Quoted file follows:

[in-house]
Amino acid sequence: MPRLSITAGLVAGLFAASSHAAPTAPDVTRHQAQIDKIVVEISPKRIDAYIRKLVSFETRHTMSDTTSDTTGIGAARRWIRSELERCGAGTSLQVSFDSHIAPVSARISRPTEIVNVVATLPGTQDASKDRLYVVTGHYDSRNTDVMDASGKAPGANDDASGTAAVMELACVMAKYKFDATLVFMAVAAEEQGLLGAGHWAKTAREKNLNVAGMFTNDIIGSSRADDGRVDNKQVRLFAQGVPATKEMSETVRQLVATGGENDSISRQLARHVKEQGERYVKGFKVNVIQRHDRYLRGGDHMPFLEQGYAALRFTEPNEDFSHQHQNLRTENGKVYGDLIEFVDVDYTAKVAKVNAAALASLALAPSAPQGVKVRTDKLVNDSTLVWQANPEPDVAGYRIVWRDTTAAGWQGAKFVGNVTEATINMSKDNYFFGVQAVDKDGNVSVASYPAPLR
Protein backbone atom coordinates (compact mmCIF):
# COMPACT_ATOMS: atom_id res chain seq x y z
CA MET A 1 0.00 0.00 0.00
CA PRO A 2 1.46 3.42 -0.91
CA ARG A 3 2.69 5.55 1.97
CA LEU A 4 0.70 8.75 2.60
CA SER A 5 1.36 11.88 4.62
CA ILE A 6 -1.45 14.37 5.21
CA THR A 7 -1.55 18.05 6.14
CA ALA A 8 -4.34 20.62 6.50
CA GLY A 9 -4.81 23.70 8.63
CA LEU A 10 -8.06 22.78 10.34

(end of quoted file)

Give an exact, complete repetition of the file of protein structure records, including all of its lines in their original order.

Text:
[in-house]
Amino acid sequence: MPRLSITAGLVAGLFAASSHAAPTAPDVTRHQAQIDKIVVEISPKRIDAYIRKLVSFETRHTMSDTTSDTTGIGAARRWIRSELERCGAGTSLQVSFDSHIAPVSARISRPTEIVNVVATLPGTQDASKDRLYVVTGHYDSRNTDVMDASGKAPGANDDASGTAAVMELACVMAKYKFDATLVFMAVAAEEQGLLGAGHWAKTAREKNLNVAGMFTNDIIGSSRADDGRVDNKQVRLFAQGVPATKEMSETVRQLVATGGENDSISRQLARHVKEQGERYVKGFKVNVIQRHDRYLRGGDHMPFLEQGYAALRFTEPNEDFSHQHQNLRTENGKVYGDLIEFVDVDYTAKVAKVNAAALASLALAPSAPQGVKVRTDKLVNDSTLVWQANPEPDVAGYRIVWRDTTAAGWQGAKFVGNVTEATINMSKDNYFFGVQAVDKDGNVSVASYPAPLR
Protein backbone atom coordinates (compact mmCIF):
# COMPACT_ATOMS: atom_id res chain seq x y z
CA MET A 1 0.00 0.00 0.00
CA PRO A 2 1.46 3.42 -0.91
CA ARG A 3 2.69 5.55 1.97
CA LEU A 4 0.70 8.75 2.60
CA SER A 5 1.36 11.88 4.62
CA ILE A 6 -1.45 14.37 5.21
CA THR A 7 -1.55 18.05 6.14
CA ALA A 8 -4.34 20.62 6.50
CA GLY A 9 -4.81 23.70 8.63
CA LEU A 10 -8.06 22.78 10.34